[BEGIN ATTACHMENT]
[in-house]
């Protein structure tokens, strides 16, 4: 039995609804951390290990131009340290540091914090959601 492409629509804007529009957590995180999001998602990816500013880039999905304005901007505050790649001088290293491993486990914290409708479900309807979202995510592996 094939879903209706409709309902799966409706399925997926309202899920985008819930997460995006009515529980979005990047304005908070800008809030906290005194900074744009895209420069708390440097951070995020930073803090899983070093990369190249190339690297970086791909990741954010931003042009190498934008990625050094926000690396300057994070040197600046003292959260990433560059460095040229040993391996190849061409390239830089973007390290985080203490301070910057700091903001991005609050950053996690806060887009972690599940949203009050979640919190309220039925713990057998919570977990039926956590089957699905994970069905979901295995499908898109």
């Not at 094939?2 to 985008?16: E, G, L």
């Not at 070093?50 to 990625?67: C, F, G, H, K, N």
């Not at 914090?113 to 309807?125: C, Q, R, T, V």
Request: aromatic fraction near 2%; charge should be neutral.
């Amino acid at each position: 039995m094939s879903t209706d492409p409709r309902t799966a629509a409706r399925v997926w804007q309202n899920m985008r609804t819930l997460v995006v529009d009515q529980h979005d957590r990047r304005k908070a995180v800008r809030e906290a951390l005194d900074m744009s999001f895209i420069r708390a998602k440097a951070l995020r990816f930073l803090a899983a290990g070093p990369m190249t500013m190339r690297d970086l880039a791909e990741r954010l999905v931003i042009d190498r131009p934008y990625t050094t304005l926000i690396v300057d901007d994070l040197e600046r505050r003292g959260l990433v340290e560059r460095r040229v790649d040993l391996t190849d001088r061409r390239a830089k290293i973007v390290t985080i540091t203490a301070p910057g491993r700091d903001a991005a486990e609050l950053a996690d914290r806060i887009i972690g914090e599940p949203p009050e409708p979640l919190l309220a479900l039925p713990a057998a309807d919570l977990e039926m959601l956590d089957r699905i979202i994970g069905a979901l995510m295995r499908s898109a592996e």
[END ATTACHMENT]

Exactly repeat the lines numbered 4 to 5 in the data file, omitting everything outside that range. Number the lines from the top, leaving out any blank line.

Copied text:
């Not at 070093?50 to 990625?67: C, F, G, H, K, N």
């Not at 914090?113 to 309807?125: C, Q, R, T, V």